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Question 17 of 29
Tell me about your post-secondary education. Have you completed your Masters' Degree?
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Question 18 of 29
How long were you a teacher before transitioning into an Instructional Coordinator?
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Question 19 of 29
When have you had to coach a teacher? What was the issue, and was it a success?
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Question 20 of 29
What was your biggest curriculum change you have implemented? Why did you feel a need to change it in the first place?
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Question 21 of 29
When have you taken a risk on a new teaching approach or suggestion? Was it successful?
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Question 22 of 29
How do you continuously strive to improve the teaching abilities of your team?
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Question 23 of 29
Tell me about a new teaching technique in which you recently learned.
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Question 24 of 29
Tell me about a time when you've had a difficult teacher to work with. What made them difficult and how did you create a breakthrough?
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Question 25 of 29
How closely do you adhere to National curriculum standards?
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Question 26 of 29
Do you agree or disagree with the majority of our State's curriculum standards? What would you change if you could?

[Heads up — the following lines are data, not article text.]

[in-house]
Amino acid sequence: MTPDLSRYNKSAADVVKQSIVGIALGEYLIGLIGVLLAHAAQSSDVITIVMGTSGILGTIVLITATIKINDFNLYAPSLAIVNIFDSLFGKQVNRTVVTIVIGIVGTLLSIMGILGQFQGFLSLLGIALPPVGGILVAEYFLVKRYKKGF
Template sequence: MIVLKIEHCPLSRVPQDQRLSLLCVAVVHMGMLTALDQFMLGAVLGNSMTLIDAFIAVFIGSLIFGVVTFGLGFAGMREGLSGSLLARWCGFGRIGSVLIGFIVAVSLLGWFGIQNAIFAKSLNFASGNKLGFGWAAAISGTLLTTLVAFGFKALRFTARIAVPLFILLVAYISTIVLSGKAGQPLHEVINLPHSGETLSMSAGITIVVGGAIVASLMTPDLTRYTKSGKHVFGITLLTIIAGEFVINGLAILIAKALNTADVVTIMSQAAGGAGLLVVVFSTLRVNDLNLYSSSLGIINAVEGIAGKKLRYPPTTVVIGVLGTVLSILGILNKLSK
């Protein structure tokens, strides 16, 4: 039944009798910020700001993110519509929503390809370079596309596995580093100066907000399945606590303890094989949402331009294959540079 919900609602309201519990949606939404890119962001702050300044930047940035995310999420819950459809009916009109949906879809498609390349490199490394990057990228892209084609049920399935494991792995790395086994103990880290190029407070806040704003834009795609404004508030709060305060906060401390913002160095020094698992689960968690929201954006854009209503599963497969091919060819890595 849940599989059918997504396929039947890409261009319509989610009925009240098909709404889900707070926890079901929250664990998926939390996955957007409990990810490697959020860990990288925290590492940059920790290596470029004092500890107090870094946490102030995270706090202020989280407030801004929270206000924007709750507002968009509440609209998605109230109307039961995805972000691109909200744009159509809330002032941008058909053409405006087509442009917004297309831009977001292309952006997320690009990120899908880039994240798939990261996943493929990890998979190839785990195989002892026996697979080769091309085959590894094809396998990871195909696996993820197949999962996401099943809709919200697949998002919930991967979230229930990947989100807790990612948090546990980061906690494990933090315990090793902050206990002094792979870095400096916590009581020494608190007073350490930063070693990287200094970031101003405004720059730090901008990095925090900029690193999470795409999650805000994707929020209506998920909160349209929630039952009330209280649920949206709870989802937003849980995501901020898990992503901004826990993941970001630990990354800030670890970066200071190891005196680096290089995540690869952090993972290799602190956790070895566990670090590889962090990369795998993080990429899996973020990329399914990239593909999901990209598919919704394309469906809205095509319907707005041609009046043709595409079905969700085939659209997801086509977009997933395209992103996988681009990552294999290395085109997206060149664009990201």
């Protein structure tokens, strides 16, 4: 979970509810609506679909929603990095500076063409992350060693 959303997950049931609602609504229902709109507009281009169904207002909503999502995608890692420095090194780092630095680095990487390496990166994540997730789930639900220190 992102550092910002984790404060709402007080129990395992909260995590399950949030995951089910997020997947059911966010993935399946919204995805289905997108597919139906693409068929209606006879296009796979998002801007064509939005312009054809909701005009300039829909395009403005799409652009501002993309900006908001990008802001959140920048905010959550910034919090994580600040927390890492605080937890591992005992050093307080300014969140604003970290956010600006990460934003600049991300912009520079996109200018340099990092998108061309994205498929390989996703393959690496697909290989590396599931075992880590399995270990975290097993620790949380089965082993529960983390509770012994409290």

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Question 27 of 29
What are your thoughts on an arts based education?
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Question 28 of 29
What is your favorite form of interactive learning?
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Question 29 of 29
Tell me about a time when you failed to meet an objective.
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User-Submitted Interview Answers

Question 1 of 29
How do you usually determine which textbooks you will choose?
User-Submitted Answers
1.
Do they align with best practice and common core.
2.
Does the text cover the standards.
3.
Make sure there is a solid alignment to the state standards that need to be addressed. Make sure there is an alignment to any National tests like the ACT or SAT. Look for a variety of rigor and resources that can help with not only struggling students but advanced ones as well. Make sure it meets the needs of the Districts curriculum and CSIP goals.
4.
One that would aline with the foreign language frameworks.
5.
According to the board of education curriculam.
6.
I will have my teachers look at the textbooks to make sure it aligns with the TEKS and is user friendly. The teachers will also need to make sure that it is student centered.
7.
Textbooks will be chosen based on the curriculam being taught.
8.
Those that are culturally divers yet up to date.
9.
I use the Core Curriculum Standards and align resources that closely match the needs of the students and the teachers.
10.
First I look for many book samples as I can to revise them and compare them with our curriculum to see if they fill our needs! Saw them to the teachers wo will use them and ask their opinion too.
11.
I review the standards first. Then I review the list the benefits and pitfalls of each book. Finally I would request feedback from the teachers using the books to see what they are looking for in a text book.
12.
Read reviews, talk with other districts, review samples, pilot materials, talk and present to stakeholders.
13.
In the past I have formed committees to review several text book series. Textbooks have been chosen based on critical thinking skills, needs of the district, and opportunities to connect to the global community with meaningful tasks.
14.
Textbooks will be based on the course offering firstly before presenting samples to the teachers. Department head will have final say for that department.
15.